The House Agriculture Appropriations Subcommittee's bill is controversial and includes steep cuts to Farm Bill Energy Title programs recently expanded and provided mandatory funding by the Agricultural Act of 2014 (the 2014 Farm Bill), including to the Biomass Crop Assistance Program and Biorefinery, Renewable Chemical and Biobased Product Manufacturing Assistance Program. Mandatory funding is not usually subject to cuts through the annual appropriations process. The biofuels and renewable chemicals industries are working to ensure mandatory funding for these programs is included in the final FY 2015 USDA spending bill.


The Biobased and Renewable Products Advocacy Group (BRAG™) reported on the significance of the expanded Energy Title programs and mandatory funding for them provided under the 2014 Farm Bill. A copy of that report is available online.
 


 

On March 12, 2014, the House Energy and Commerce Environment and the Economy Subcommittee held a hearing to discuss the Discussion Draft of the Chemicals in Commerce Act (CICA). CICA, which was released last week by Subcommittee Chair John Shimkus (R-IL), is designed to reform the Toxic Substances Control Act (TSCA). The Biobased and Renewable Products and Advocacy Group (BRAG™) reported on the release of CICA. That report is available online.


Eleven witnesses testified at the hearing. Several witnesses were critical of CICA, stating that it offered less protections than those included in S. 1009, the Chemical Safety Improvement Act (CSIA), which is the bipartisan Senate TSCA reform bill introduced last May by the late Senator Frank Lautenberg (D-NJ) and Senator David Vitter (R-LA). Senators Vitter and Tom Udall (D-NM) are currently working to revise S. 1009 to address concerns that have been raised over that bill's level of protection. A detailed summary of the hearing prepared by Bergeson & Campbell, P.C. (B&C®) is available online.
 


 

Nearly 30 Democratic Senators participated in an all-night session from the evening of March 10, 2014, through the morning on March 11, 2014, to highlight the need for action to combat the harmful effects of climate change. This session was the first major act of the Senate Climate Action Task Force, which was formed earlier this year by Senators Barbara Boxer (D-CA) and Sheldon Whitehouse (D-RI) to urge action on the issue. The all-night session was organized by Senator Brian Schatz (D-HI).


 

Senators Barbara Boxer (D-CA) and Sheldon Whitehouse (D-RI) are leading a new Senate Task Force on Climate Change designed to combat stated plans by some in the Republican leadership to weaken President Obama's expected upcoming Executive actions to address climate change. While legislative action on climate change remains unlikely this year, Members of the Senate Task Force are doing what they can to highlight the issue. To this end, Senator Brian Schatz (D-HI) is organizing an all-night Senate floor session during which the issue of climate change will be discussed. The session is expected to take place sometime in March 2014.


 

It is reported that House Energy and Commerce's Subcommittee on the Environment and Economy Chair John Shimkus (R-IL) is working on draft legislation to reform TSCA, which Shimkus expects to introduce and on which he expects to hold a hearing in the coming weeks. B&C has issued a memorandum providing an overview of the Subcommittee's fifth hearing on TSCA reform held on February 4, 2014. The memorandum is available online.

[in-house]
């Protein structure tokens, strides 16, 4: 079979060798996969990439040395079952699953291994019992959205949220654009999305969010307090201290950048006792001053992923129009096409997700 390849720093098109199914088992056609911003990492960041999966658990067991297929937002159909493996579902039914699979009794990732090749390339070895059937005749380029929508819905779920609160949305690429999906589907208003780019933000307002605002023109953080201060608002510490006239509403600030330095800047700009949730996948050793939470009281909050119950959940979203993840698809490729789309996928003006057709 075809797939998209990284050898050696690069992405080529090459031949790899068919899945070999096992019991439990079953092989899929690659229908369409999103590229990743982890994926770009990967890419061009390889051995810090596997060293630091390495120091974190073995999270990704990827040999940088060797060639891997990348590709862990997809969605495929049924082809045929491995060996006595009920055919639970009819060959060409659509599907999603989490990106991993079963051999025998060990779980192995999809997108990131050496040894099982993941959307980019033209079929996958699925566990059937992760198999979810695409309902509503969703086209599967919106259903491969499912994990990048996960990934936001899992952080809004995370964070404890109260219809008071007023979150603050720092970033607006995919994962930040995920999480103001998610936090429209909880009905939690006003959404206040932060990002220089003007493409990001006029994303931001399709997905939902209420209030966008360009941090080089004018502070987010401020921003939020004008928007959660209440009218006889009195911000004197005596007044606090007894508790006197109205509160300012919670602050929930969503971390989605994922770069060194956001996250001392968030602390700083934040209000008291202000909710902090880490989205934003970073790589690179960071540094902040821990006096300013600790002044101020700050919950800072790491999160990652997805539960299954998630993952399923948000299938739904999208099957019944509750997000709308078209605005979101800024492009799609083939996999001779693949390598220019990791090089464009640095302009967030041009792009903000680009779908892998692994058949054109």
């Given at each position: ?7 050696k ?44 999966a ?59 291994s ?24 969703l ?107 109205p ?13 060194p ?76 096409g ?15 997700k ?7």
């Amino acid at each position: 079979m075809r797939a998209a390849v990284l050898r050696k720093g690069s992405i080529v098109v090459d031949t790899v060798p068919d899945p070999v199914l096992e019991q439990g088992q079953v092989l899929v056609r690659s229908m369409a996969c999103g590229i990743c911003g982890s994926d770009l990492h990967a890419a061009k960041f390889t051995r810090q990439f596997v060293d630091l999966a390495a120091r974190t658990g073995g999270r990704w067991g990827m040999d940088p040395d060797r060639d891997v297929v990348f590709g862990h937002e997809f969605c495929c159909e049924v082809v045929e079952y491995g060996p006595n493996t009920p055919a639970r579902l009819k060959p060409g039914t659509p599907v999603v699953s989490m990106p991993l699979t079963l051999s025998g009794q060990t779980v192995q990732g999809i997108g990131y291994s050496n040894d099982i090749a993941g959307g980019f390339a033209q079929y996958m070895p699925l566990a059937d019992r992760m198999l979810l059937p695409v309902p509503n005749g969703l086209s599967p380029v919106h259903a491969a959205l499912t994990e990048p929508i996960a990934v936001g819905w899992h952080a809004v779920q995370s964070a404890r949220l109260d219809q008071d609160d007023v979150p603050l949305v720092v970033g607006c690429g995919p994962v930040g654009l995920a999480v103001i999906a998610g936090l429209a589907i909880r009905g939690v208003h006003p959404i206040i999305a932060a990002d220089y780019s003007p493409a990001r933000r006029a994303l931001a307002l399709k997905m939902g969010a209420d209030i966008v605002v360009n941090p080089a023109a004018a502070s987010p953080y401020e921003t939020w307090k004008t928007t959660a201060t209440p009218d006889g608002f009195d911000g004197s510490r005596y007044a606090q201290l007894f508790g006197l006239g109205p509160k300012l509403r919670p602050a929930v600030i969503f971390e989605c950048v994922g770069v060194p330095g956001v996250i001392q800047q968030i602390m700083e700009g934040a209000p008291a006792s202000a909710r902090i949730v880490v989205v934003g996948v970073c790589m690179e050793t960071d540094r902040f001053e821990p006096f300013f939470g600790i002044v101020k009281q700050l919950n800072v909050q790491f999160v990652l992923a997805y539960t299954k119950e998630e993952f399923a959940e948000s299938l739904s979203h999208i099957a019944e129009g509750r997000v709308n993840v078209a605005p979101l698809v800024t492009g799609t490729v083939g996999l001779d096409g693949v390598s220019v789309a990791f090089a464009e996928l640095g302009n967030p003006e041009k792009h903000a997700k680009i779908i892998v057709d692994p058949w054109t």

There is a renewed sense of urgency for TSCA reform to be completed this year in the wake of the chemical spill into the Elk River in West Virginia last month, and the recent announcements that House Energy and Commerce Ranking Member Henry Waxman (D-CA) is retiring this year and that Senator David Vitter (R-LA) is running for Governor of Louisiana. Representative Waxman is a champion of environmental issues and may view accomplishing TSCA reform important before he leaves, especially since it appears unlikely that a bill to address climate change -- one of his most passionate issues -- will pass this year. Senator Vitter is the co-sponsor of the Senate's bi-partisan TSCA reform bill, S. 1009, the Chemical Safety Improvement Act (CSIA). B&C has issued a memorandum providing an overview and analysis of CSIA. The memorandum is available online.
 


 

Following the confirmation of Senator Max Baucus as the next Ambassador to China, on February 11, 2014, Senate Democrats voted to shift the leadership and make-up of impacted Committees. Senator Ron Wyden (D-OR) will now be the Chair of the Senate Finance Committee, while Senator Mary Landrieu (D-LA) will take over as Chair of the Senate Energy and Natural Resources Committee. Newly elected Senator Ed Markey (D-MA) will now serve on the Senate EPW Committee.


Senator Landrieu is reportedly working to identify her priorities for the Senate Energy Committee. She is known to be a supporter of the Keystone XL oil pipeline and for increased opportunities for liquefied natural gas exports. The coal industry has stated its public support for Senator Landrieu's new position.


Senator Markey is a longtime champion of environmental issues and will likely add to the momentum to reform TSCA. The Senate version of TSCA reform legislation, S.1009, CSIA, must pass through the Senate EPW Committee before being considered by the full Senate.
 


 
‹ First  < 8 9 10 11 >